Baby blazed a trail, but has it been left behind?
The Toyota Aygo has been setting the standard in the budget city car class for nearly six years. With its lightweight construction, dinky dimensions and frugal three-cylinder engine, it could have been a template for the bold new Volkswagen.
Despite its advancing years, the Aygo still looks the part. A mix of soft curves and rounded lines means the cheeky Toyota isn’t as modern as the sharply edged up!, yet it still has plenty of visual impact. The car in our pictures is a five-door model, but it’s virtually identical to the three-door tested. Our range-topping G0! version features 14-inch alloys and tinted rear windows.
The eye-catching cabin has an attractively styled dashboard and plenty of exposed metal trim, which creates a bright and cheerful atmosphere. As you’d expect from a Toyota, the interior is robustly built, but the plastics feel a little low-rent. Other clues to the car’s entry-level status include the pop-out rear windows and manual mirrors.
Still, you benefit from lots of standard equipment, including Bluetooth, a leather-trimmed steering wheel and a neatly integrated TomTom sat-nav that folds out of the dash. Occupants get a decent amount of space, although taller passengers will find the rear seats cramped on longer journeys.
The one-piece glass tailgate helps to keep the Aygo’s weight down, but it opens to reveal a cramped 139-litre boot – easily the smallest here. Still, lowering the split-fold rear bench increases capacity to 751 litres. Plus, the car’s practicality is further boosted by the option of a five-door version.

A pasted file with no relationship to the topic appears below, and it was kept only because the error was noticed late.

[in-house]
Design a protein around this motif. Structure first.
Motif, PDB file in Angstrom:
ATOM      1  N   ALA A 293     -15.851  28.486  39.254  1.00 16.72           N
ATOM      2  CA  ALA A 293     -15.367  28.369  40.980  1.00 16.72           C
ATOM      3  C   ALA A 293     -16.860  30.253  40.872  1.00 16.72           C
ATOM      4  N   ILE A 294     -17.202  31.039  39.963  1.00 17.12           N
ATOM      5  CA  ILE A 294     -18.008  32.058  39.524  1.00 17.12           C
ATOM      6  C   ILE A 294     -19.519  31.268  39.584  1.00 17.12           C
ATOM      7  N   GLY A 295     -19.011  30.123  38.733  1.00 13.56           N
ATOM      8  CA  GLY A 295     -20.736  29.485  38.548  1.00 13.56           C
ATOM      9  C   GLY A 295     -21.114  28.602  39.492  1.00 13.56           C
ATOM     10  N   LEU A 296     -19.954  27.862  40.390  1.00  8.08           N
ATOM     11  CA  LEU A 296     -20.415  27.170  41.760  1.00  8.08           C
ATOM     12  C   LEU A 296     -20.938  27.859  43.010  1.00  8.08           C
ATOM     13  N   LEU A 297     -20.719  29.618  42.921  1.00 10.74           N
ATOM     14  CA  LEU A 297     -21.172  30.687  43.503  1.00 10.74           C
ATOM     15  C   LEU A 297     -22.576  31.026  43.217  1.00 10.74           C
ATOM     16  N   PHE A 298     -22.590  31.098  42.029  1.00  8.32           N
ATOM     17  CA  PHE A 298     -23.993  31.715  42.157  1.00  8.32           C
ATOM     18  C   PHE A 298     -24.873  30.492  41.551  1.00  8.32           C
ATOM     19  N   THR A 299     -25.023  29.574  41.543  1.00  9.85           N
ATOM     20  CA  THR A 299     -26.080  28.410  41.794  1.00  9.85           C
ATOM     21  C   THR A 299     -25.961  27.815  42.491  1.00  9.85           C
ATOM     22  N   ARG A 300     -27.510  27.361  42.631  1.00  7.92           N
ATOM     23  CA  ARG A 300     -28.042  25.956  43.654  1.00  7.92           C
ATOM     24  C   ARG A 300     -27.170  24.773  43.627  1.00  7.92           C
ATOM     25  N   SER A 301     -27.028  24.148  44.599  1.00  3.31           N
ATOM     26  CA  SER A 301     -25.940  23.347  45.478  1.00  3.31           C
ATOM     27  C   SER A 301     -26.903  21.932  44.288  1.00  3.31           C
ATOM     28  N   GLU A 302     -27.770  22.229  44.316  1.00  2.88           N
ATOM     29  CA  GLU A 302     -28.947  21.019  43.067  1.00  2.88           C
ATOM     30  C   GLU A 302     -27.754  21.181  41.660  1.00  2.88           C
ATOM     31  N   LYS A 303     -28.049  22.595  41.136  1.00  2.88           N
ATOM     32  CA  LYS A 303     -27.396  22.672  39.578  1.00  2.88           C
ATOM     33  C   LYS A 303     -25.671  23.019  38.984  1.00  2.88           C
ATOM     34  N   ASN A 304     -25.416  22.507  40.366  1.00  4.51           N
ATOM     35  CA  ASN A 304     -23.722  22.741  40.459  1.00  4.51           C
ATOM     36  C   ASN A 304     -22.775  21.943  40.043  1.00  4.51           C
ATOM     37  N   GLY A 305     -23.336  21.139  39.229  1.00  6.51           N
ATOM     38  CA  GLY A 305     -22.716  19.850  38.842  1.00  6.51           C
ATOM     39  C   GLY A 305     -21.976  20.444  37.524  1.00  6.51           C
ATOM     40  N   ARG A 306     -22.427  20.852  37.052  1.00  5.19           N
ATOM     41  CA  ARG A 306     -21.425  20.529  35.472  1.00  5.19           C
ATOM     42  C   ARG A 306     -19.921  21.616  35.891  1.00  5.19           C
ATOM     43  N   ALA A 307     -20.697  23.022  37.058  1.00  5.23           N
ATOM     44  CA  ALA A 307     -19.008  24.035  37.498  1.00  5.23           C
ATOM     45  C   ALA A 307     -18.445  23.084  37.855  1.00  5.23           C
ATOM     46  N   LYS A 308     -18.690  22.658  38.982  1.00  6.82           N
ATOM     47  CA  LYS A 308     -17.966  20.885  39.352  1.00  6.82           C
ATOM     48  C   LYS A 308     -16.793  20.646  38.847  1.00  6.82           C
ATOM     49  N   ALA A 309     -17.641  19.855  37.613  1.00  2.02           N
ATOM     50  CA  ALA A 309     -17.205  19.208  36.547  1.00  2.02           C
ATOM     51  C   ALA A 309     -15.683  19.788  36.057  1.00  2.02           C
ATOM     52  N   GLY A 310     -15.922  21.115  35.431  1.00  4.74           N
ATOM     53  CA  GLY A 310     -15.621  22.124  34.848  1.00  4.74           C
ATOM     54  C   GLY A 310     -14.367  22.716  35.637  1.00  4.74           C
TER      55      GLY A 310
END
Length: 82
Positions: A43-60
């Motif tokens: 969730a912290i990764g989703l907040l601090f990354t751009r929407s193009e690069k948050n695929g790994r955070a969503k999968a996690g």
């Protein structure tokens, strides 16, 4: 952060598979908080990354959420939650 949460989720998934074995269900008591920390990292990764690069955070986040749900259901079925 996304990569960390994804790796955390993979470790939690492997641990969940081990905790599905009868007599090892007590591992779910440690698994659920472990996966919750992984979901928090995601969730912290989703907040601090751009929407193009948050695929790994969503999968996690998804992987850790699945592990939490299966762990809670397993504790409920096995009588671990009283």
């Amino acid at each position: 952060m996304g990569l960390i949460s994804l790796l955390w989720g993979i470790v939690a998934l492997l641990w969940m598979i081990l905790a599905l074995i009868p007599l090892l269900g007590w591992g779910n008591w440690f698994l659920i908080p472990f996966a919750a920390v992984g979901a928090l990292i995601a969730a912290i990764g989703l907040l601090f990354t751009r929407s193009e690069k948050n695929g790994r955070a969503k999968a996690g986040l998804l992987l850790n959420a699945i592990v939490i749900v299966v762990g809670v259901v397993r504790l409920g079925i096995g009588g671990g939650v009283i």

Despite having the least power of our quartet, the 67bhp Toyota put in a remarkably strong showing at the test track. Thanks in no small part to a low 800kg kerbweight, it sprinted from 0-60mph in 12.3 seconds, which is only 1.4 seconds slower than the Kia managed.
On the road, the Aygo has no problem keeping up with its rivals. The thrummy three-cylinder engine is a smooth and eager performer, while the five-speed gearbox has a slick shift action. Also, the light controls, excellent visibility and compact dimensions make this car an effortless inner-city companion.
What’s more, get past the slightly woolly steering and you’ll find the Toyota’s wheel-at-each-corner stance delivers nimble and balanced handling. Only a relative lack of refinement lets it down. Noise levels are higher than in the VW, while large bumps and potholes upset the otherwise composed ride.
But these are all minor issues when you take into account the Aygo’s cheeky character, low running costs and versatile interior. So has it done enough to stay ahead of its newer rivals?
Chart position: 4WHY: The cut-price Toyota city car makes a virtue of its low-budget roots. Not only is it affordable to buy, it’s also fun to drive and stylish to look at.
In this review
- 1IntroductionHas the new VW up! redefined the city car class? We find out in its first test on British roads
- 21st Volkswagen up!Newcomer offers typical VW quality in scaled-down form
- 32nd Kia PicantoSmall-car class leader offers stylish low-cost motoring
- 43rd Fiat 500Eye-catching retro supermini is still a strong challenger
- 54th Toyota Aygo - currently readingBaby blazed a trail, but has it been left behind?
- 6Facts and figures